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White Collar Crime
Too Close To Home
Crime is a part of every society. Crime has been a part of civilization since the beginning of civilization itself, and will always be around. This is because many people believe that getting ahead is the most important thing, and by any means necessary they will do what it takes to be comfortable in their lives. Crime is a word that classifies a vast array of wrongdoings; they can be towards an industry, an individual, or can even be victimless. While we are continuously bombarded with crime throughout our days via the newspapers, television reports, or even personal experiences, the crimes that are most talked about are usually those that occur less frequently. White collar crimes, however, often times affect a larger number of people, over a longer period of time, yet are less investigated and less severely punished than its counterparts.
White collar crime is defined by Edwin Sutherland as "a crime committed by a person of respectability and high social status in the course of his occupation" (Conklin, 2009).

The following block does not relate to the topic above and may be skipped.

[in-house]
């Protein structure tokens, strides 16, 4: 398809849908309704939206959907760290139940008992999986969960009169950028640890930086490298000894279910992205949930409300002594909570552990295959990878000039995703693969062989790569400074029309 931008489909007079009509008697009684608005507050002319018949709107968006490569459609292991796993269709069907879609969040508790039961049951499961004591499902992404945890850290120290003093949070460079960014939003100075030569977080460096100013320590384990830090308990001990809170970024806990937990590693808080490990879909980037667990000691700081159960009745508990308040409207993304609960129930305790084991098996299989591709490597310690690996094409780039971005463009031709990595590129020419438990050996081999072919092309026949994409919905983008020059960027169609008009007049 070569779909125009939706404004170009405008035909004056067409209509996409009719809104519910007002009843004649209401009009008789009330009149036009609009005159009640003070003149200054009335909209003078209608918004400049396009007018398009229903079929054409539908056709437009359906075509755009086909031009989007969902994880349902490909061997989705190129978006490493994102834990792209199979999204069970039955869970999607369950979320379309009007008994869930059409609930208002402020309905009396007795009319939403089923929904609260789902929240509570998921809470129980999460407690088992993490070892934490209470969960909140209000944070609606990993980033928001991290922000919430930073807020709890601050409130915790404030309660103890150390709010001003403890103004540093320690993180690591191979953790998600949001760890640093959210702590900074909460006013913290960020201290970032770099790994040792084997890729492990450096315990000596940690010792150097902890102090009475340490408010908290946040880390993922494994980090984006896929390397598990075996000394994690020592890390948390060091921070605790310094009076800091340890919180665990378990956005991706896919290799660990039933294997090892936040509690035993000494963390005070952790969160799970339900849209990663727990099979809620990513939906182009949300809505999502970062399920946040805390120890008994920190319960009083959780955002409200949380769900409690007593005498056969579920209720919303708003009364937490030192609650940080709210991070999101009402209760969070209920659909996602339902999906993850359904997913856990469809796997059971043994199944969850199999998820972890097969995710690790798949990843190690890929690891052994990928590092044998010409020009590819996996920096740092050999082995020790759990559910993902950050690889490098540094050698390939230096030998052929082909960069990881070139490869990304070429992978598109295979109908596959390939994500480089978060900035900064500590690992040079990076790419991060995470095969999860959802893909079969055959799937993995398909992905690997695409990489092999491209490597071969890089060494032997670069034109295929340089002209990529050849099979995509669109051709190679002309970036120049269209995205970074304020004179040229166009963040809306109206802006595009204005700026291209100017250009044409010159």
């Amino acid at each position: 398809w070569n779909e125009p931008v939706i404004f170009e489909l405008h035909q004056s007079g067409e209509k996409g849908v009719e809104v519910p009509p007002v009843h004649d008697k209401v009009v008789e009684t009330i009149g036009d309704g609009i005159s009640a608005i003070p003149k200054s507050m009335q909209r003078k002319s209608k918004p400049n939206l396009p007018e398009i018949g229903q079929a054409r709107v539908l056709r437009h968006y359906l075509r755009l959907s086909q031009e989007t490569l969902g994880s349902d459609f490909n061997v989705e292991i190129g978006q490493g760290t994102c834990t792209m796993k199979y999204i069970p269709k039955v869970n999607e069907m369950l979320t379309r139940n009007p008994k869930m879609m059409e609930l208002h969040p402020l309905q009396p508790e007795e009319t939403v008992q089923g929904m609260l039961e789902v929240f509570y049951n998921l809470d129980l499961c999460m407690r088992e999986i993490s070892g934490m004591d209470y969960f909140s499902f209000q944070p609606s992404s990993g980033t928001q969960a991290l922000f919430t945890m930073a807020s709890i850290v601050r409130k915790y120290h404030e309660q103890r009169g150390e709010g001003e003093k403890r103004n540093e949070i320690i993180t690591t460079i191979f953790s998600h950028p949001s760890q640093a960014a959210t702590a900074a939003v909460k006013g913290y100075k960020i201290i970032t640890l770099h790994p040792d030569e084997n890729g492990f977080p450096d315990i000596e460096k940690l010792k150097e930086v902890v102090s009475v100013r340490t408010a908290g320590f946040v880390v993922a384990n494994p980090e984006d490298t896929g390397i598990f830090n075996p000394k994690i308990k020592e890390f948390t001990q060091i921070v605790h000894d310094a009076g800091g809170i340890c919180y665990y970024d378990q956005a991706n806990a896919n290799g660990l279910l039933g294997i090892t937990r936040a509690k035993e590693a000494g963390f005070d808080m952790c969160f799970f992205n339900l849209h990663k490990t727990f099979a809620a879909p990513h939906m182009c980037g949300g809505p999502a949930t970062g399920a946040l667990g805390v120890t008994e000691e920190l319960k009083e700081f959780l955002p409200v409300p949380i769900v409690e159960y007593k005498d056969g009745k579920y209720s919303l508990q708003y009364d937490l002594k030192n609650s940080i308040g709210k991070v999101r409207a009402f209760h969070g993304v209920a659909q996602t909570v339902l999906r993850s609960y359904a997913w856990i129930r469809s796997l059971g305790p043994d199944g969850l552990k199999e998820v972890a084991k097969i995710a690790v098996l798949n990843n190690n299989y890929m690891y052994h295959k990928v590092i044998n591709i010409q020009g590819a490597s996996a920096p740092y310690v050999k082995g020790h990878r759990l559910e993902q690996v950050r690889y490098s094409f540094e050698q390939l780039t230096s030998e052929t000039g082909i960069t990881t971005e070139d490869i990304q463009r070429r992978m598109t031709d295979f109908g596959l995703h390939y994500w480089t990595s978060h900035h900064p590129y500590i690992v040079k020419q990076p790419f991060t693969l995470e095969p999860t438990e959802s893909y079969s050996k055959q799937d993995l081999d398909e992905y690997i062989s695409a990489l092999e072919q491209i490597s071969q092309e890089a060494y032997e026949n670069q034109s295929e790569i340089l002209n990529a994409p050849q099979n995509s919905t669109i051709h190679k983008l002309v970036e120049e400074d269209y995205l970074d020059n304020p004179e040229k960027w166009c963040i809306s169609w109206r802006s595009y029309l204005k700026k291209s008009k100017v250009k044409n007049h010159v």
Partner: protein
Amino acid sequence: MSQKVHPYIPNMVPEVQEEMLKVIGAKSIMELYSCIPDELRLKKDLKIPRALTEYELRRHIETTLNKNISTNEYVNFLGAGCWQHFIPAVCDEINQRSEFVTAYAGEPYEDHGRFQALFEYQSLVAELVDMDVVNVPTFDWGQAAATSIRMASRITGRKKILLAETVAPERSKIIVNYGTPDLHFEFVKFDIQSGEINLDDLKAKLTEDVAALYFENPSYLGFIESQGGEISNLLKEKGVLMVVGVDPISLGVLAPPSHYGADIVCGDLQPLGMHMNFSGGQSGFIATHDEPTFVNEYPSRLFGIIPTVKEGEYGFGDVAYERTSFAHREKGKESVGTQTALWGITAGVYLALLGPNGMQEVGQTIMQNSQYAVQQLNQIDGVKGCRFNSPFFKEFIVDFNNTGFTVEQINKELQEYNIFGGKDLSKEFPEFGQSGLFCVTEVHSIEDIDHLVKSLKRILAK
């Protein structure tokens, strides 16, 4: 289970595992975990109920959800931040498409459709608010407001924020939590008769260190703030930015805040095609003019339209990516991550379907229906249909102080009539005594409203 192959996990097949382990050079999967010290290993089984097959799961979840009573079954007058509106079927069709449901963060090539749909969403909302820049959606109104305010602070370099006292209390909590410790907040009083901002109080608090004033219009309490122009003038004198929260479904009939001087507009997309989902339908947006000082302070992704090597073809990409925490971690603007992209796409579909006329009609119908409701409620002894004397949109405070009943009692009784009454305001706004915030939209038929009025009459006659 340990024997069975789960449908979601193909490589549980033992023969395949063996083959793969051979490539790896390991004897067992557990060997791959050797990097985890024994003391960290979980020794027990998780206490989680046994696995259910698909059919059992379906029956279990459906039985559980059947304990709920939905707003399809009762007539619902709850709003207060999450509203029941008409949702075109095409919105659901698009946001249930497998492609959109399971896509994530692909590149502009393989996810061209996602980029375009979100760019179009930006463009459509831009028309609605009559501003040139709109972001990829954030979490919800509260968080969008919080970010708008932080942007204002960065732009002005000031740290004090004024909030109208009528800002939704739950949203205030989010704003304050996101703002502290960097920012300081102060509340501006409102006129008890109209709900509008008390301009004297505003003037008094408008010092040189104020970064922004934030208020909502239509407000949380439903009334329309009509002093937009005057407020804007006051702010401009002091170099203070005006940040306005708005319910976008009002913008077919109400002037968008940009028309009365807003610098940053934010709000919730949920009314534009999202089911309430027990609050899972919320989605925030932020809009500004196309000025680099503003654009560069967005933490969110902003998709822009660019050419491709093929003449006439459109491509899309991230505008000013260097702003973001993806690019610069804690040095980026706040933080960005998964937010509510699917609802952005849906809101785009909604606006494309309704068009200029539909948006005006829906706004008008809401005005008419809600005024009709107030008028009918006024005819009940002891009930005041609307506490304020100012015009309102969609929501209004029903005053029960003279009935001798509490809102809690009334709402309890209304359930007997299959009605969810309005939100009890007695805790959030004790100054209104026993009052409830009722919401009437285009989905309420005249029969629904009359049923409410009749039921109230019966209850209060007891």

While researching the Federal Bureau of Investigation's website, I found that one kind of white collar crime is becoming more and more common. Mortgage fraud is a type of white collar crime that is hitting the states ramped, but is hitting especially hard in the Midwest. The Federal Bureau of Investigation describes a type of scheme called the "illegal property flipping scheme" (Criminal, 2006). The professional positions most likely to be involved in this scheme are mortgage brokers, lenders, and accountants. This scheme involves a buyer purchasing a house for a low amount and then finding an appraiser to falsify the information and supply the owner with a false, inflated appraisal. When this happens, the owner...